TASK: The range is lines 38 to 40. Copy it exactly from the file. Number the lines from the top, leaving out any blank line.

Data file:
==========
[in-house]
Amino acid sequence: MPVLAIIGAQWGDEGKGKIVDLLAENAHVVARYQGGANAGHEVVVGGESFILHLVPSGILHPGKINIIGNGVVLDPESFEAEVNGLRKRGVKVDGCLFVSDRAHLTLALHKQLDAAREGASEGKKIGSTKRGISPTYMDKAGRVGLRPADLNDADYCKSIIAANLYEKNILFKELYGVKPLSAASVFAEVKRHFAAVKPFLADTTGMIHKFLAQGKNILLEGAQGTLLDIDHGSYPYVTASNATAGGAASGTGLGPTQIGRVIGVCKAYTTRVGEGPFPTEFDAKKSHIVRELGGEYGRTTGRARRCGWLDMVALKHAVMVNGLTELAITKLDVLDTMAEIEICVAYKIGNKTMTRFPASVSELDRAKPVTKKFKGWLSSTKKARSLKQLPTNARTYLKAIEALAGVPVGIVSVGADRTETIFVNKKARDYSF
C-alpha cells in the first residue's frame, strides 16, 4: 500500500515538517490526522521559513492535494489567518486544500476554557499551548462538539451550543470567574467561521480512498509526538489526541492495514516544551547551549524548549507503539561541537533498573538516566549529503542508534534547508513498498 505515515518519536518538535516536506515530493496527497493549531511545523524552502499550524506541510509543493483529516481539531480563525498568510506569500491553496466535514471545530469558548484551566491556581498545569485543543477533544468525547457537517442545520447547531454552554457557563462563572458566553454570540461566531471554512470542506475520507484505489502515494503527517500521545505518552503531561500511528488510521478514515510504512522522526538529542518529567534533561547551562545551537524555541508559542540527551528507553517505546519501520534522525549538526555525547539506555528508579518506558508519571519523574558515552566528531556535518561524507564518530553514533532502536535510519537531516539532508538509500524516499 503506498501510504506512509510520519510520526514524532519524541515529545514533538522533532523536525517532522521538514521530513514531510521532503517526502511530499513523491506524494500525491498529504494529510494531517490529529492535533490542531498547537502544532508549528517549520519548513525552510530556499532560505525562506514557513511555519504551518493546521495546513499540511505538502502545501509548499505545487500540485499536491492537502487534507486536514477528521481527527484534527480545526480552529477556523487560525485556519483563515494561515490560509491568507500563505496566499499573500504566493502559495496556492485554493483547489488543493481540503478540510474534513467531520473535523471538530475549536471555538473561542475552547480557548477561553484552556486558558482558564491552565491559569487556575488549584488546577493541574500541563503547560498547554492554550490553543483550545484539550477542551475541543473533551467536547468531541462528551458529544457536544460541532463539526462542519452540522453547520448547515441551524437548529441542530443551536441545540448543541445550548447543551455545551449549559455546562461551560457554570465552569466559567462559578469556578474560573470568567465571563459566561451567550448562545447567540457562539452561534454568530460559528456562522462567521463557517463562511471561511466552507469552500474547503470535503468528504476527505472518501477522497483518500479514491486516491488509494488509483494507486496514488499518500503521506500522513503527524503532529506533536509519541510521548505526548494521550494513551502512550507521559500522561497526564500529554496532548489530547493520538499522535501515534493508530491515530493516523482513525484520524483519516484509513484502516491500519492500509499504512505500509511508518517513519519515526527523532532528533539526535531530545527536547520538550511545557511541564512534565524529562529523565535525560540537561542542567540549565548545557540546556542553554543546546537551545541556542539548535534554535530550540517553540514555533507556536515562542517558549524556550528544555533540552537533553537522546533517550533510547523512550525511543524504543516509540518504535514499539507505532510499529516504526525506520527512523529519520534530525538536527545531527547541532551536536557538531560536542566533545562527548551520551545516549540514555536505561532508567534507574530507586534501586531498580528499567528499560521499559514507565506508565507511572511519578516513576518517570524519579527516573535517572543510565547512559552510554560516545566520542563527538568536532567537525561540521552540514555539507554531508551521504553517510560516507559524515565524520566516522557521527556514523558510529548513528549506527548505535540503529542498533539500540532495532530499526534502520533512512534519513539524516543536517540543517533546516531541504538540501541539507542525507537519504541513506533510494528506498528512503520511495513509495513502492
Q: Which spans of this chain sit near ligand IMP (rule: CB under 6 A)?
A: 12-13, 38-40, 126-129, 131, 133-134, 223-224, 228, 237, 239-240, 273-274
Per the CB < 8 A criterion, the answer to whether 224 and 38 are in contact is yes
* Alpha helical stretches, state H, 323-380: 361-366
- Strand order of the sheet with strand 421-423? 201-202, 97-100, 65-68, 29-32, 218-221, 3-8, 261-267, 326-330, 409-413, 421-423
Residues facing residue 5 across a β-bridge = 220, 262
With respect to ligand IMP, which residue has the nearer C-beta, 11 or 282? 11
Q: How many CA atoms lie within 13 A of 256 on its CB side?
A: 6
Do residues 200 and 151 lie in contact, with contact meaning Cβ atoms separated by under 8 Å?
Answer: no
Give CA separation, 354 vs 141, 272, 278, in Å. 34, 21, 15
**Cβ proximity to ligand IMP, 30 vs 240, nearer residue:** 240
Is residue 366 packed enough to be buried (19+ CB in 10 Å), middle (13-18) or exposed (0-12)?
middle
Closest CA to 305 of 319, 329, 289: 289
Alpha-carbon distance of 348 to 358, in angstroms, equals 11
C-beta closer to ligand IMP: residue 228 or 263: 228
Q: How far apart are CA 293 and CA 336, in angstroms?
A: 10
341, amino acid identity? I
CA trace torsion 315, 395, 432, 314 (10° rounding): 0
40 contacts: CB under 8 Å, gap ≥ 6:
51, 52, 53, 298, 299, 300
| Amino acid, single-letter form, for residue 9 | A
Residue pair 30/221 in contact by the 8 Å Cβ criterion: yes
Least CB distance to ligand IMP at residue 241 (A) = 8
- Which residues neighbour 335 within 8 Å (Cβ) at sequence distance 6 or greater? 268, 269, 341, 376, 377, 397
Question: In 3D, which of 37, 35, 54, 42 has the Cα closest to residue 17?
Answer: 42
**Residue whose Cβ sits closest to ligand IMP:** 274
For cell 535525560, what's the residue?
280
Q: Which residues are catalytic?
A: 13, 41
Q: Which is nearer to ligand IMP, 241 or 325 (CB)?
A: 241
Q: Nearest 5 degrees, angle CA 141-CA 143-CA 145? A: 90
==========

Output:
A: 13, 41
Q: Which is nearer to ligand IMP, 241 or 325 (CB)?
A: 241